My conscience tells me that it is time for the Philippine Judiciary to review and revisit the aforecited existing jurisprudence on habeas corpus and its collateral issues to give real flesh to the libertarian spirit of the Bill of Rights and all applicable international covenants and instruments on human rights and to protect the helpless private citizens against military and police abuses and harassment and to insulate them from political inquisition and persecution by abusive and corrupt government officials.

Read below the news item on the dismissal by the CA of the habeas corpus petition of the arrested 43 health workers based on the abovementioned legal technicality and stare decisis.

CA junks habeas petition of 43 Morong health workers
By: Tetch Torres
First Posted 10:24:00 03/10/2010

MANILA, Philippines – The 43 detained health workers accused of being communist insurgents will remain in jail after the Court of Appeals dismissed the petition for habeas corpus filed by their relatives.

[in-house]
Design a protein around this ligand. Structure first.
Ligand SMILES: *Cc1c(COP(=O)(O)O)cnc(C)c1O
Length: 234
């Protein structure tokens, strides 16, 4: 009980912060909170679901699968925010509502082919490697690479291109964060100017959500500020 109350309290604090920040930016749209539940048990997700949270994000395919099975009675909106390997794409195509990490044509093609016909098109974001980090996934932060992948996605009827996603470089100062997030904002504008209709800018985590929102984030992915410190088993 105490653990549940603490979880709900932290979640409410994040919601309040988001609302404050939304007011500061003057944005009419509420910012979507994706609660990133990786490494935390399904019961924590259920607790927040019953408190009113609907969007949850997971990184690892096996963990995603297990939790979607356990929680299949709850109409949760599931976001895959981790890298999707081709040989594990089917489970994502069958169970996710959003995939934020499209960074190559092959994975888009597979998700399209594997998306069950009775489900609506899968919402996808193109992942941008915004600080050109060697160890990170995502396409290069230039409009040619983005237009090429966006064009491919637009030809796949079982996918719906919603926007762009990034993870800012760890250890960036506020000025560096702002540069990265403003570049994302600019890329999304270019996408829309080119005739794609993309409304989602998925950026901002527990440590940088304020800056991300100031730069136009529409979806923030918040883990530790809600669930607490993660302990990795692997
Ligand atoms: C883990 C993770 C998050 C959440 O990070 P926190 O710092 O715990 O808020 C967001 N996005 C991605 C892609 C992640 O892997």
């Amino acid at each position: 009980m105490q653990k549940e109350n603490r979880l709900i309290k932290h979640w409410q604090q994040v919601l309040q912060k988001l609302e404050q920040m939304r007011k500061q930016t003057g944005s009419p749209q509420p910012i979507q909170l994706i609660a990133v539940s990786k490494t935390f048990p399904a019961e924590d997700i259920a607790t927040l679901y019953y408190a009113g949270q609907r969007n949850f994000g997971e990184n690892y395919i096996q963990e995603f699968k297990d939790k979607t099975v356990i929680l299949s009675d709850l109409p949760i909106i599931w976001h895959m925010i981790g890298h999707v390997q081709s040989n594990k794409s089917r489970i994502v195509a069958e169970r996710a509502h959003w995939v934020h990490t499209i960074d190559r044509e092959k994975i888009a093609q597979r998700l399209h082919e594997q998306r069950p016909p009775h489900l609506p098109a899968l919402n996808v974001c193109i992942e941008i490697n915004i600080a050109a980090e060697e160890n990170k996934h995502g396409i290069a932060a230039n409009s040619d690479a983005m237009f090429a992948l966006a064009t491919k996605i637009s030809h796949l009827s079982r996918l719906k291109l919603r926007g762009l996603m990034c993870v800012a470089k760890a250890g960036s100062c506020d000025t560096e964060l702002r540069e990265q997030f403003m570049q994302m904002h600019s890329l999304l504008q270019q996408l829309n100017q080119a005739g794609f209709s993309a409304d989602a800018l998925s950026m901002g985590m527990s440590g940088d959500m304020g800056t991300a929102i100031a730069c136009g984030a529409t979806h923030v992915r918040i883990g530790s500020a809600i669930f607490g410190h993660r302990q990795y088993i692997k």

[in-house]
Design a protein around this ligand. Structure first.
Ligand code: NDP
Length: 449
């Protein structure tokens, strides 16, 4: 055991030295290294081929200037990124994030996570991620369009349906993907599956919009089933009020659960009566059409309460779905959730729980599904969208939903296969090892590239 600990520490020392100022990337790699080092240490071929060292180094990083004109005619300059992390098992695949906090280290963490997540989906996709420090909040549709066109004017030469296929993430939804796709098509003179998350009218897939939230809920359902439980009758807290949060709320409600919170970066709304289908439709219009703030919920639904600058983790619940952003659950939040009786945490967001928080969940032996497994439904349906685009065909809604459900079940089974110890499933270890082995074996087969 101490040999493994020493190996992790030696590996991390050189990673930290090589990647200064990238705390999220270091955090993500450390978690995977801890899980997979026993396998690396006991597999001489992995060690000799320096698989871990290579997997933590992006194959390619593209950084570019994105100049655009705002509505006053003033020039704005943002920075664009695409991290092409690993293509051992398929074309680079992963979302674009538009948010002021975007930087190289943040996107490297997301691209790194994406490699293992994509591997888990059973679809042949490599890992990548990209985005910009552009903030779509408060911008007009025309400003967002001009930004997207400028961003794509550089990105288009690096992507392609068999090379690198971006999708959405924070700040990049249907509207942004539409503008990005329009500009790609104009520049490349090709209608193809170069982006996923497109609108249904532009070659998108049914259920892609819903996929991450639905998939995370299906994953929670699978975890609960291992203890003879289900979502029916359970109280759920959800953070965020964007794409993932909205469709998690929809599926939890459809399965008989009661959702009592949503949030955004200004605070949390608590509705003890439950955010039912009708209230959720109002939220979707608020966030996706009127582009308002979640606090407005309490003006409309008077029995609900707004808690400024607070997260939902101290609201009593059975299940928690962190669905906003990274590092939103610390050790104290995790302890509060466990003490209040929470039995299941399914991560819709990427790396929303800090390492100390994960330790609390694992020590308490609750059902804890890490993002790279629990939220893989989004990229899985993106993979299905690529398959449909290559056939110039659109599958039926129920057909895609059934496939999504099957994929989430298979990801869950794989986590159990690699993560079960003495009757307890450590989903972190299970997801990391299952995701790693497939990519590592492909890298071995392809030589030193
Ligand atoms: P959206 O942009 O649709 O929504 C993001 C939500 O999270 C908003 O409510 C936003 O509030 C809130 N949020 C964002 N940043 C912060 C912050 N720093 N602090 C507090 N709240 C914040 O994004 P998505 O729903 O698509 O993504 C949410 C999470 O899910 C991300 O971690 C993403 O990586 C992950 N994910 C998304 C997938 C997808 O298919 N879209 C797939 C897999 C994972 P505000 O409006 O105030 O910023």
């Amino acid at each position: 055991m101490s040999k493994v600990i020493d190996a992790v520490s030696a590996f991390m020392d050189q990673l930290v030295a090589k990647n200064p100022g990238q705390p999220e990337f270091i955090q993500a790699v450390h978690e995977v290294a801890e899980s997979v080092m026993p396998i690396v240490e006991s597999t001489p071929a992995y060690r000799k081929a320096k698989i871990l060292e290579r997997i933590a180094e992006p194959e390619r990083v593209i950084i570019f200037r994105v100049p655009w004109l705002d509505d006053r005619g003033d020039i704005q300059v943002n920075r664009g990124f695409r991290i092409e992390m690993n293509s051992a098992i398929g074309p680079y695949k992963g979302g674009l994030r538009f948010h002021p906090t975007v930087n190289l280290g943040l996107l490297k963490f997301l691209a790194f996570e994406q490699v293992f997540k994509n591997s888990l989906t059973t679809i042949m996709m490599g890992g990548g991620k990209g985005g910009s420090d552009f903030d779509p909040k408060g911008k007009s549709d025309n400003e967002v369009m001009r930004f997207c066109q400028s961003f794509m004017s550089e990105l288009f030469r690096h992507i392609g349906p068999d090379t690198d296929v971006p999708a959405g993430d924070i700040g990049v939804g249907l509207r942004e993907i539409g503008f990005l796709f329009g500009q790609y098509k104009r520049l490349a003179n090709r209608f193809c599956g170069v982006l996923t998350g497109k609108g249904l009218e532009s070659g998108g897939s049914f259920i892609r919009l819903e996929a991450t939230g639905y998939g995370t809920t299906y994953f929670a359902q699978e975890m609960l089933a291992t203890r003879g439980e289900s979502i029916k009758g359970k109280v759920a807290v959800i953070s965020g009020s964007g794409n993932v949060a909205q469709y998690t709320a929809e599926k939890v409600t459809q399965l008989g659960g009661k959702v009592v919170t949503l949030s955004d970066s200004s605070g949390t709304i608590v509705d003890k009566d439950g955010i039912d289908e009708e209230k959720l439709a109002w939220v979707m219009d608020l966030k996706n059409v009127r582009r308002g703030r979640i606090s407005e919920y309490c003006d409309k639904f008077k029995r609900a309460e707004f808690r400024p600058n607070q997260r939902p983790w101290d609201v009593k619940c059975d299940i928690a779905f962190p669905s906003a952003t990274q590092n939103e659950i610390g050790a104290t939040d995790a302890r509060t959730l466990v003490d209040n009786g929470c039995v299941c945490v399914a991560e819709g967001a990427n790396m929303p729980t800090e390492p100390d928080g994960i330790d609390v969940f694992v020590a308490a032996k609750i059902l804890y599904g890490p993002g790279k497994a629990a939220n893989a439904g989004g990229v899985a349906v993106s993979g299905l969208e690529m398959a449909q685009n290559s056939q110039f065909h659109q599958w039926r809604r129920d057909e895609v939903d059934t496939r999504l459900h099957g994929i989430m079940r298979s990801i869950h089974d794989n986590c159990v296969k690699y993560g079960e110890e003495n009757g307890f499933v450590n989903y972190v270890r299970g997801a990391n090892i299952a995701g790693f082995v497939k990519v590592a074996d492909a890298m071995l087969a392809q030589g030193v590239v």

In a 20-page decision by the Court of Appeals Special Division of five, it said that whatever irregularities present in the arrest of the 43 were corrected by the subsequent filing of criminal charges against the detainees in Camp Capinpin.

“Indeed, it has been held in a long line of cases that even if the detention is at its inception illegal, it may, by reason of some supervening event, be no longer illegal at the time of the filing of the application,” the appeals court said through Senior Associate Justice Portia Aliño-Hormachuelos.